Both candidates have negative attitudes toward energy production or trade

Fuel Fix:
Democratic presidential nominee Hillary Clinton supports stricter regulations on the energy sector than does her Republican opponent, but Donald Trump’s desire to tear up international treaties also would hurt the oil, gas and petrochemical industries, according to a report from Moody’s Investor Service.

Both candidates oppose the pending Trans-Pacific Partnership, which if scuttled could hamper trade with Asia, the report said. And Trump’s plan to renegotiate the North American Free Trade Agreement would further hurt the oil industry, according to Moody’s.

“A renegotiation of NAFTA, as proposed by Trump, would be credit-negative for the oil industry,” the report stated. For instance, about one-third of U.S. petroleum imports come from Canada. “Consequently, in the event that trade agreements were renegotiated, there would be potential for disruption in petroleum product imports, an important source of supply.”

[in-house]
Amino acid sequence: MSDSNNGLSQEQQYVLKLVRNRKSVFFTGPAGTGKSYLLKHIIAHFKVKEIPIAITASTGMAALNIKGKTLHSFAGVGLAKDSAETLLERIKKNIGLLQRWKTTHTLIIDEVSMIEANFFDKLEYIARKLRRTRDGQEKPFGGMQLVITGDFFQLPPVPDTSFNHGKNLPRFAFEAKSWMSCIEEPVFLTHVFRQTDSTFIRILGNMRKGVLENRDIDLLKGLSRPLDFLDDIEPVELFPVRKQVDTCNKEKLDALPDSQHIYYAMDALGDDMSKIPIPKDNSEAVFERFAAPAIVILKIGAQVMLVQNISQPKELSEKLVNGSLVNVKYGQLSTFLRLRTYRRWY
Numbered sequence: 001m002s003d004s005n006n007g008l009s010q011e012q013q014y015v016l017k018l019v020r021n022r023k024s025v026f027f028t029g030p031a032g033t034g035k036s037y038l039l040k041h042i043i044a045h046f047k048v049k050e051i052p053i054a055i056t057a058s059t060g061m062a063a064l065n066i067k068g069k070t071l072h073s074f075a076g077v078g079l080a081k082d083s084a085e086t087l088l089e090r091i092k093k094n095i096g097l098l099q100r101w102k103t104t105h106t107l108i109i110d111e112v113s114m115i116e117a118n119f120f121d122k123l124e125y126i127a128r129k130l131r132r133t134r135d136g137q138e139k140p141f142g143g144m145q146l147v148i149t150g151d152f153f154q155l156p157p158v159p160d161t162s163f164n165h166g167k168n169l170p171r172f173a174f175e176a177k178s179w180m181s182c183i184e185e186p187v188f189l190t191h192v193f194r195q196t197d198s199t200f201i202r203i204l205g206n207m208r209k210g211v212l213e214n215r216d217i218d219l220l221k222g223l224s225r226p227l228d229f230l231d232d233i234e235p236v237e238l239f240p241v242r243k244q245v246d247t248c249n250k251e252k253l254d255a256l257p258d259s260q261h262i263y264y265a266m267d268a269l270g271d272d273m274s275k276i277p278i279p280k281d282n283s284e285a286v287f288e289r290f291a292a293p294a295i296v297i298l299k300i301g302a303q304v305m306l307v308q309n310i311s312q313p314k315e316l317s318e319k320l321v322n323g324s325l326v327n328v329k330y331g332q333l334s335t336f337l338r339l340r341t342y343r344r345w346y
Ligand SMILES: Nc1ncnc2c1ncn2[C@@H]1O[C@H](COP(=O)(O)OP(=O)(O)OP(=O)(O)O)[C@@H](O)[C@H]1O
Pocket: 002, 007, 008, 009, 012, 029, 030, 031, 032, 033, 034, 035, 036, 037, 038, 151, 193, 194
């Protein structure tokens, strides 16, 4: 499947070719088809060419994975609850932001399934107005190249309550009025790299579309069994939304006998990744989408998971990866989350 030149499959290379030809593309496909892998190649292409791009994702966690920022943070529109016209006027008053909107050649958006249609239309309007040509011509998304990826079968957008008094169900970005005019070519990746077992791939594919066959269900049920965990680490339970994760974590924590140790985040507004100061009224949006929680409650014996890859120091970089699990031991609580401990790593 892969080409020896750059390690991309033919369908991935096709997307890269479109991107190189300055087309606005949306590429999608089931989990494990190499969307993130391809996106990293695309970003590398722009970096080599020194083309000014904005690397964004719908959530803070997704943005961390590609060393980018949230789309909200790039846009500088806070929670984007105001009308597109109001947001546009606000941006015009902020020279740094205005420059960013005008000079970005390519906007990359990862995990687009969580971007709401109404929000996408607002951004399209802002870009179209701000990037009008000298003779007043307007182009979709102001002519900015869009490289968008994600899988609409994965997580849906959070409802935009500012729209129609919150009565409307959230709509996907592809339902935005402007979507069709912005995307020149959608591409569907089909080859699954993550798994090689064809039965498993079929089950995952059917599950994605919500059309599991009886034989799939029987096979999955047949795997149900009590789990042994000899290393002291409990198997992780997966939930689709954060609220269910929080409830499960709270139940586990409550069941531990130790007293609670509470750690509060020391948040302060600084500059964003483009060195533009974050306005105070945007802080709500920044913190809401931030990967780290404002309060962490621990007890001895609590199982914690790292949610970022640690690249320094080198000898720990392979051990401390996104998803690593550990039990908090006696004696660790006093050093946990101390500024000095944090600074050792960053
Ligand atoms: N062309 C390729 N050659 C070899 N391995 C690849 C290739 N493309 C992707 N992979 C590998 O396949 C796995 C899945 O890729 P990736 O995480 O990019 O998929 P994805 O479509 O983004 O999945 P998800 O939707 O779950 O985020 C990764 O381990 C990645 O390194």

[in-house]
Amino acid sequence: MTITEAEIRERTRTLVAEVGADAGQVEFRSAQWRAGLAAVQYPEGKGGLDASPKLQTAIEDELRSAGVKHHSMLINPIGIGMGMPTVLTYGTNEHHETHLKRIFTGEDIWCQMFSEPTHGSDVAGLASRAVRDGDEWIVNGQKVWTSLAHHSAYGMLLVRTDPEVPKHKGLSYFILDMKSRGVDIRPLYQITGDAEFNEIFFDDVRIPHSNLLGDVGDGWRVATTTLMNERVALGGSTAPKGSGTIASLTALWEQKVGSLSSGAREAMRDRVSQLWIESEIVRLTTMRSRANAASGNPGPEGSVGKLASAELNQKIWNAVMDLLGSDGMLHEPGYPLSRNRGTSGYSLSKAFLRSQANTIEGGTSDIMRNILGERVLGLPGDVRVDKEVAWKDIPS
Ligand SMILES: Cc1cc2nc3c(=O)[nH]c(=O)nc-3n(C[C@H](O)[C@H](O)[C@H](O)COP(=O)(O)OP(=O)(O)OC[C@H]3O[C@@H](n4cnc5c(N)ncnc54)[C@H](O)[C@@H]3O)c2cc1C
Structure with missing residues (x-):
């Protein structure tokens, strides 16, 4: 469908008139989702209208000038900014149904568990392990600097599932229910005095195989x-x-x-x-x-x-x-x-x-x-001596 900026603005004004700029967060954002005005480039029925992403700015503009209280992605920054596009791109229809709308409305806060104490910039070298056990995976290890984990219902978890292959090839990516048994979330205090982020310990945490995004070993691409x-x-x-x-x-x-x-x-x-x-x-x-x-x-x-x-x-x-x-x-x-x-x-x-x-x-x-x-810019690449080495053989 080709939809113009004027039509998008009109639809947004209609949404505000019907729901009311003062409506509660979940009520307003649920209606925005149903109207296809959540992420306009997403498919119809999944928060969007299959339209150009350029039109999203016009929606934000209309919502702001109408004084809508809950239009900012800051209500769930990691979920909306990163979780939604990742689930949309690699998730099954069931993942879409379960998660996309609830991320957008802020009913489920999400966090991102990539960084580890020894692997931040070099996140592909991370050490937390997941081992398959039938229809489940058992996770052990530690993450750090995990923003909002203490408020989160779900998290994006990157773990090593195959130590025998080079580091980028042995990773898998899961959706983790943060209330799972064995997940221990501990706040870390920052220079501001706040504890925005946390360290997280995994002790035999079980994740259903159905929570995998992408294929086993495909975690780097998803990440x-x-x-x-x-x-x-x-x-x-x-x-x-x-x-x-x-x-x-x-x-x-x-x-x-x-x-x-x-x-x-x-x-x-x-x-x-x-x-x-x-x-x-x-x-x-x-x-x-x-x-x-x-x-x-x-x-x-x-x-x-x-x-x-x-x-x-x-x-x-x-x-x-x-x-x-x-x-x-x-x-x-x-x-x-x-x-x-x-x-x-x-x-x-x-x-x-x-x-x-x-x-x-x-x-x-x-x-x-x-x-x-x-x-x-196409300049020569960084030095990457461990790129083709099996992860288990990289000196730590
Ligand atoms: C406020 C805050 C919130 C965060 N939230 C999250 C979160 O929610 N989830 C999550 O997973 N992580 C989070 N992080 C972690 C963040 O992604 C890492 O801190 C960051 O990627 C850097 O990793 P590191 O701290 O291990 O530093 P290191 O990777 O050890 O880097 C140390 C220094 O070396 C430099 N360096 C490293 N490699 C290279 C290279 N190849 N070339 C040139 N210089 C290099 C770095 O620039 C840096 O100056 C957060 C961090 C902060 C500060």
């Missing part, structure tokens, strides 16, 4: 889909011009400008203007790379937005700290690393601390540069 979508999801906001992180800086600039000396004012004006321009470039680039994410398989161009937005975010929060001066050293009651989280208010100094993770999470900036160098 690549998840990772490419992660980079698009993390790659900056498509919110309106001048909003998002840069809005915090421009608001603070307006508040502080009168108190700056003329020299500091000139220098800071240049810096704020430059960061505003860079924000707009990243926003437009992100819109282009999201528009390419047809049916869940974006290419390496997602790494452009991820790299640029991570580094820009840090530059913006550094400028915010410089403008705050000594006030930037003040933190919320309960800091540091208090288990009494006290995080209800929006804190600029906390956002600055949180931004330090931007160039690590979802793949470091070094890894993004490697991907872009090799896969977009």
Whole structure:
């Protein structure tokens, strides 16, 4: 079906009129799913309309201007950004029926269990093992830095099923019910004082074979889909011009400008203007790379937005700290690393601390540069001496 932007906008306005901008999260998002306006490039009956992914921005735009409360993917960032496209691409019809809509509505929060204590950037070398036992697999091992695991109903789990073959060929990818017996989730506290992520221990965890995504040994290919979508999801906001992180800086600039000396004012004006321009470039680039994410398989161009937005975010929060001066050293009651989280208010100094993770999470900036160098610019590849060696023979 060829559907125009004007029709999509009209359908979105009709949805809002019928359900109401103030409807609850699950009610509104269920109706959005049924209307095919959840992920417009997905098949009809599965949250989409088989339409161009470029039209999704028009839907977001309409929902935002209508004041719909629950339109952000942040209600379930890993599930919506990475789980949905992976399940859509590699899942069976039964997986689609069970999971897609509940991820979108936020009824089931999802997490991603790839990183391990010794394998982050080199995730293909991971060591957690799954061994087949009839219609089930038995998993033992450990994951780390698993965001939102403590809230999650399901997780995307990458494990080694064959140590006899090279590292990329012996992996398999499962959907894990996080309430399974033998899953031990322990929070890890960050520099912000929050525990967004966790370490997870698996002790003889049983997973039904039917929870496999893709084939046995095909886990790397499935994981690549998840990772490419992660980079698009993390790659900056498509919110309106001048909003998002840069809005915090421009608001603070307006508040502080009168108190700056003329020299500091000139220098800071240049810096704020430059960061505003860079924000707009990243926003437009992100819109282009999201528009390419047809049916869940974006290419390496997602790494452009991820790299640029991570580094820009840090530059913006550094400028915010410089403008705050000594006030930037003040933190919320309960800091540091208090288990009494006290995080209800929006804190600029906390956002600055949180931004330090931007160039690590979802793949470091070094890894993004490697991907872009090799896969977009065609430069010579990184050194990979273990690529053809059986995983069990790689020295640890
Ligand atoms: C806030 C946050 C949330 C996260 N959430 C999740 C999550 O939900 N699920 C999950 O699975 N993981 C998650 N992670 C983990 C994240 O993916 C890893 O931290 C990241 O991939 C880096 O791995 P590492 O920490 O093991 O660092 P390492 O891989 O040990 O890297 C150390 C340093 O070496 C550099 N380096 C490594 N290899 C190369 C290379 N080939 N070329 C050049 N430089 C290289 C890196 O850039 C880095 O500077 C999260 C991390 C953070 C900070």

Likewise, nearly 40 percent of U.S. petroleum exports go to Canada and Mexico. Introducing tariffs would hurt U.S. refiners and oil producers, the report said.

“For the chemical industry, any material change to international trade arrangements with China would likely have a modest negative effect, because specific commodities or specialty chemicals could be targeted in retaliation for any trade barriers,” the report added.
Clinton's policies would be worse for energy production and Trump's would be worse for trade.  On the production side, Trump would loosen some restrictions on drilling on federally controlled sites.  That should lessen the need for imports, but his trade policies could negatively effect export trade too.


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